While marriage is a legal recognition of your commitment to another person, it is not the only way to show your dedication. Simply living together and sharing responsibilities is a strong display of the bond between two people. In some states, couples who live together can qualify as married under common law. This typically applies when a couple has lived together for a time and acts as spouses would, like filing joint tax returns or assuming the other’s last name. But what happens when a common law couple wants to end their relationship? Do they need to pursue a common law divorce?
In this blog, we’ll take a look at the concept of common law divorce and other myths related to common law marriage in the U.S.
There Is No Such Thing as a “Common Law Divorce”
Just nine states currently recognize common law marriage: Colorado, Iowa, Kansas, Oklahoma, Rhode Island, Texas, Utah, Montana, and New Hampshire. Some only recognize it for inheritance purposes. In the states that do recognize common law marriage, is a special “common law divorce” required? The answer is a little complicated. While there is no such thing as a common law divorce, if a couple lives in a state that recognizes common law marriage, they’ll need to pursue a standard divorce like any couple who got married through traditional means.
What’s interesting about the concept of common law divorce is this: you may still have to get divorced even if you now reside in a state that does not recognize common law marriage. Let’s say a couple who lives in Texas has a legitimate common law marriage. They move to Massachusetts, a state that does not recognize common law marriage. Their marriage should still be valid under Article IV, Section 1 of the United States Constitution, also known as the Full Faith and Credit Clause. This outlines the duties of each state to recognize the “public acts, records, and judicial proceedings of every other state.” It then follows that they might need to get a divorce if they decide to end their common law marriage in Massachusetts.
Other Common Law Myths
Once you live together for seven years, you’re automatically considered married under common law. The seven-year standard often associated with common law marriage has no legal foundation. In fact, this arbitrary number has no known or recognized source. A couple may be considered married under common law if they’ve lived together for some time (maybe a year or more) and have taken other measures that show they’re married. This may include filing joint tax returns, assuming the other’s last name, presenting themselves as married, having children together, etc.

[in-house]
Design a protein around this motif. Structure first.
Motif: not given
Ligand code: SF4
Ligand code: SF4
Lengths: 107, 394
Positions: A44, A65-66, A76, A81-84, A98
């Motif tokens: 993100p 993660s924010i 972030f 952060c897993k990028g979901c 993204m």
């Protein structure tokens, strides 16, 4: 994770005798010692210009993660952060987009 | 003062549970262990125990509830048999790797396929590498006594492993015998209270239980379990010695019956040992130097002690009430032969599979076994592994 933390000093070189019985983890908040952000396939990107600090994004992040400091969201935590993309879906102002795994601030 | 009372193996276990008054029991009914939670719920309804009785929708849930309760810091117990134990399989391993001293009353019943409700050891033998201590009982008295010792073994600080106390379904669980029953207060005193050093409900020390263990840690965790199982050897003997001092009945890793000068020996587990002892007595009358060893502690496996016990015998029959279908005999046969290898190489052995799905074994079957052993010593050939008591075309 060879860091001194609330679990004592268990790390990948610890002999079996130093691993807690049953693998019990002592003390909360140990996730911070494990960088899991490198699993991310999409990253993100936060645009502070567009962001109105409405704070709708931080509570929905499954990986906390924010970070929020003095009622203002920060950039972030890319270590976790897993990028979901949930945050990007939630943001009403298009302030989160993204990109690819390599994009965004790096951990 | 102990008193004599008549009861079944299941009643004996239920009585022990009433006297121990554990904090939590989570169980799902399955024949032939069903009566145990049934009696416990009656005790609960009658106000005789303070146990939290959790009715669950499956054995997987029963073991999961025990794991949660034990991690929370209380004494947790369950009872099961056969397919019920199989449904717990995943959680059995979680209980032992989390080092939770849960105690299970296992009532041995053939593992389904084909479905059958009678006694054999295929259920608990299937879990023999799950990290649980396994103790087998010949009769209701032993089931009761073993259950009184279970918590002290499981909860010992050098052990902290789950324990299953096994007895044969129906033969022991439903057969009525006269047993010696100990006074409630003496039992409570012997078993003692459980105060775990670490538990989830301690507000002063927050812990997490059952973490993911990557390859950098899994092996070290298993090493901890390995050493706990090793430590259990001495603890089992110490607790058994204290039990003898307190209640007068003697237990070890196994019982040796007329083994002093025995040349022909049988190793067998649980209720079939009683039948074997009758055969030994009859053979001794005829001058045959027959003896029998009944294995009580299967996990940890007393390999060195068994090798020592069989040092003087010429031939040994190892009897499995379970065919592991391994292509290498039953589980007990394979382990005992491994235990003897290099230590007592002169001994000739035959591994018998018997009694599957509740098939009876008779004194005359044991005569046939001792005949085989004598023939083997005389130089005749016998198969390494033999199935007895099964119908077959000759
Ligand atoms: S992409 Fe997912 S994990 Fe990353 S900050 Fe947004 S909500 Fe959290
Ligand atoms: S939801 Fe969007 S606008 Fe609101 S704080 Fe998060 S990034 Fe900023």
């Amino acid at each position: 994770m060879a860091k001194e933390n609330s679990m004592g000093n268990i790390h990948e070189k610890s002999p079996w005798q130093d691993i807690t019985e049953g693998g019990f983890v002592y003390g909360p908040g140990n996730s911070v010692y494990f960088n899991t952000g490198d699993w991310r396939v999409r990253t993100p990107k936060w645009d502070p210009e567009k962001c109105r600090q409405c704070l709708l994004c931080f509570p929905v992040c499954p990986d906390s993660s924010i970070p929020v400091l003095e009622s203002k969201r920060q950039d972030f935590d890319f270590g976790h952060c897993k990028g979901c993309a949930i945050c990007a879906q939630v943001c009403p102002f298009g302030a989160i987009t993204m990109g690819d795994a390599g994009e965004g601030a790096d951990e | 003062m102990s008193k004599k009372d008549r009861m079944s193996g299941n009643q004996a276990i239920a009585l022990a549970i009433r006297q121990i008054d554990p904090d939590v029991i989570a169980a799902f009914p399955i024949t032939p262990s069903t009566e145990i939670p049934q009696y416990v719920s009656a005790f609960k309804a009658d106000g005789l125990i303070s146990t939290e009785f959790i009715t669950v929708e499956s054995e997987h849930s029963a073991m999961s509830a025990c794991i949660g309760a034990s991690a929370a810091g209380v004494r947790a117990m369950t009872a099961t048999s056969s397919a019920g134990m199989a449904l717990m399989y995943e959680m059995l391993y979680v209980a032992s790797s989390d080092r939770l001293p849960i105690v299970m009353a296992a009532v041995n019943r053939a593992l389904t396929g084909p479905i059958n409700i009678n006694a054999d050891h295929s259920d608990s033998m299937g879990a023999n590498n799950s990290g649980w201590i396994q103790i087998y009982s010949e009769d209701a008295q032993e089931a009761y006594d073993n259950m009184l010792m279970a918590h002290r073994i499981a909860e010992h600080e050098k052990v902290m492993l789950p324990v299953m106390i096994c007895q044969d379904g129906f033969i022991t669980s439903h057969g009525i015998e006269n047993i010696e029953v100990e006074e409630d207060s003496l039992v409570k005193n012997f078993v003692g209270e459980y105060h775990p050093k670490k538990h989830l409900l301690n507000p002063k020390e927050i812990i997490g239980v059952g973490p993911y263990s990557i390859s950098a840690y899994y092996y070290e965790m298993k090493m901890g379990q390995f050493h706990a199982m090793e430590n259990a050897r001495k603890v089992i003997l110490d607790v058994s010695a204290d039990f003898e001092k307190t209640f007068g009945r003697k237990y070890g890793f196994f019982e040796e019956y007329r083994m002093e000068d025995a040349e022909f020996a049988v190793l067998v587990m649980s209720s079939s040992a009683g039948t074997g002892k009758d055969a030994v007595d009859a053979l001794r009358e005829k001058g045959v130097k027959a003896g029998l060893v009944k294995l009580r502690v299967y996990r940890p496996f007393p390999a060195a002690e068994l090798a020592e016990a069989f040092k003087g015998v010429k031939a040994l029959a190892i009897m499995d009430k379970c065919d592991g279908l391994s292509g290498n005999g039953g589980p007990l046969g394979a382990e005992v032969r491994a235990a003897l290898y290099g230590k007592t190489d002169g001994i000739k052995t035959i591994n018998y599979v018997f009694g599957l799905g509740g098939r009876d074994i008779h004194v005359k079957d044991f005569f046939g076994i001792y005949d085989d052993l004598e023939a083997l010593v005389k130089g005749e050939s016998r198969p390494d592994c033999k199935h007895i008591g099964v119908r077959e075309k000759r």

If a common law couple has a child, they must go through the adoption process to obtain parental rights. If a couple that’s considered married under common law has a child together, they have the same parental rights and responsibilities that any other married couple. The father, for example, would not have to go through the adoption process to claim the child as his own. The mother would not have to prove paternity to get support from the father. Their rights should apply as they would to a couple that pursued a traditional marriage.
If a common law spouse dies or is disabled, his or her spouse will be automatically entitled to benefits and assets. In the event of an accident or injury, a common law spouse may have to prove the validity of the marriage in order to claim benefits, inherit property, or make medical decisions on their spouse’s behalf. This can be challenging if the common law marriage was recognized in another state and the couple now resides in a state that does not recognize common law marriage. The disabled or deceased spouse’s family may try to claim the right to inheritance and to make medical decisions, and it will be up to the common law spouse to prove otherwise.
Common Law Marriage in Massachusetts
Massachusetts is one of many states that does not recognize common law marriage. This does not mean, however, that you’re out of options if you want to show your commitment without getting married. You can pursue a domestic partnership, which offers many advantages and protections. Or, if you moved from a state that recognizes common law marriage, you’re still considered married under the Full Faith and Credit Clause of the U.S. Constitution.
You can learn more by visiting our blogs on these subjects: Understanding Common Law Marriage in MA or Understanding Domestic Partnership in Massachusetts, or give us a call at (508) 502-7002 to talk about your situation, questions, and concerns. We at Miller Law Group, P.C. are committed to helping our clients understand their rights and responsibilities as spouses and parents so they can create brighter futures for themselves and their families. Contact us today!